Technology solutions can play a significant role in building mental health awareness among rural communities and bridging capacity gap. This is evidenced by several successful interventions in India. NIMHANS’ ECHO tele-mentoring experiment shows promise, wherein smartphone was leveraged to train counselors from 11 underserved and remote districts in Chhattisgarh. Over a period of 6 months, there was a significant increase in learning and confidence. The Atmiyata programme by CMHLP (Centre for Mental Health Law & Policy) is another such example that involves providing its community volunteers smartphones loaded with Atmiyata app. The app contains training materials and films for training and awareness purposes. Technology can also be used to train general physicians, and lay workers (ASHA and Anganwadi workers) and facilitate care delivery in tier-2 and 3 cities and rural areas, as shown through the SMART(Systematic Medical Appraisal, Referral and Treatment) mental health project in Andhra Pradesh.
For diagnosis and ongoing care, especially in urban areas, several start-ups in the field of mental health are now offering innovative solutions. These include mobile apps for self-guided treatments, AI-enabled virtual assistants for diagnosis and assistance, and virtual counseling services. These solutions can be accessed at users’ convenience and have the potential to drive the overall treatment costs down. To enhance the reach and uptake in rural areas, such solutions are now also being made available in vernacular languages.
Digital mental health care solutions have immense potential in a country like India. Such solutions can increase accessibility and affordability of mental health care, even in rural and remote parts of the country. However, unlocking its true potential will require meaningful scale-up through adequate and sustained funding, and overcoming concerns related to lack of defined protocol for digital mental healthcare solutions, familiarity with digital tools, and ease of use.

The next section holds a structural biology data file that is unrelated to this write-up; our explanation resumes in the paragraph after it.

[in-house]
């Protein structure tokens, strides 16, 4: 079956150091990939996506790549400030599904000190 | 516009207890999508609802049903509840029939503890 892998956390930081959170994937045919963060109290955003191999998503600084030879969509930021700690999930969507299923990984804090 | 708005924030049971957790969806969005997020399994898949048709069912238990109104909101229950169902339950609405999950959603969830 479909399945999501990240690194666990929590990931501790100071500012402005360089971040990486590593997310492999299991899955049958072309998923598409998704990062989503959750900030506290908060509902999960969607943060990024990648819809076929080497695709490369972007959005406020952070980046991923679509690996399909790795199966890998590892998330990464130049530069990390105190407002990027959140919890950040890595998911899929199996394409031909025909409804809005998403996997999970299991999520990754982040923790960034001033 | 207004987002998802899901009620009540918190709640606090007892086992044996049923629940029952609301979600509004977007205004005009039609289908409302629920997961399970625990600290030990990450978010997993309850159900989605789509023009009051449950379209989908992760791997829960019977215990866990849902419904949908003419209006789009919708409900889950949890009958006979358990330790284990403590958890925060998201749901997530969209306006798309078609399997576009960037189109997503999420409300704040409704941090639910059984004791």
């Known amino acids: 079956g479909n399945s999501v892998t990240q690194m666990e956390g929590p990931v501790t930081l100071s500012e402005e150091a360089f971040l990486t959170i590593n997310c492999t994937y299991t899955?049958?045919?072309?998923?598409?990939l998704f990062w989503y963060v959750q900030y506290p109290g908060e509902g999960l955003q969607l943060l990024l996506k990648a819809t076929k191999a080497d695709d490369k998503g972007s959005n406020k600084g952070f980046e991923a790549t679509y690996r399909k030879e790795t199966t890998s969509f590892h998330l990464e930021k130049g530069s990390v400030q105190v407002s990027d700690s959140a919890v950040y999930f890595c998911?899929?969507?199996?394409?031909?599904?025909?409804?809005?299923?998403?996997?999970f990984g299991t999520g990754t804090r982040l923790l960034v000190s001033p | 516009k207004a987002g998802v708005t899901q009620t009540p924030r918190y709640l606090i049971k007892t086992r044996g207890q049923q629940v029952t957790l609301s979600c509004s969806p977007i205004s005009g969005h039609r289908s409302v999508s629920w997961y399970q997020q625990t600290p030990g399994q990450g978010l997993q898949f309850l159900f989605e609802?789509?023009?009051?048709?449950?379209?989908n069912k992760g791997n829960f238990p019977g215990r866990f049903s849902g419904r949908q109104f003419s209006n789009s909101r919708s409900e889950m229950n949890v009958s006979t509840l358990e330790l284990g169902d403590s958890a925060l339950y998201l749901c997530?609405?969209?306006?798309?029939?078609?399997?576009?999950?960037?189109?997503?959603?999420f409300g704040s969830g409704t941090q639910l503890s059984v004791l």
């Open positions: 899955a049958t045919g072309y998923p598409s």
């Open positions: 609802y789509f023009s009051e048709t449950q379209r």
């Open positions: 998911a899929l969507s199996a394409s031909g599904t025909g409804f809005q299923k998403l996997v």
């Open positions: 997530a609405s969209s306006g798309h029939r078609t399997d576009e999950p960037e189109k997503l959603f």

Government should prioritize adequate investments in digital mental health care solutions as part of the National Mental Health Plan. There needs to be sustained focus on increasing capacity through training of specialist and non-specialist personnel for mental health care. Digital solutions need to be customized in the context of India, by making tools available in local languages and dialects, and ensuring user-friendly design that can operate in low data bandwidth situations and through multiple mediums such as audio, video, or text. Recent guidelines issued by NIMHANS and Medical Council of India should help in overcoming concerns related to lack of appropriate guidelines for telepsychiatry.
Technology solutions provide India an opportunity to leapfrog various hurdles related to funding and capacity. The COVID-19 driven adoption of digital solutions in all walks of life, including healthcare, also provides an unprecedented opportunity to drive digital mental healthcare solutions. With timely investment and attention from the government and other ecosystem stakeholders, technology has the potential to transform the mental health care landscape in India in the coming years.
This article was originally published in ET HealthWorld on November 09, 2021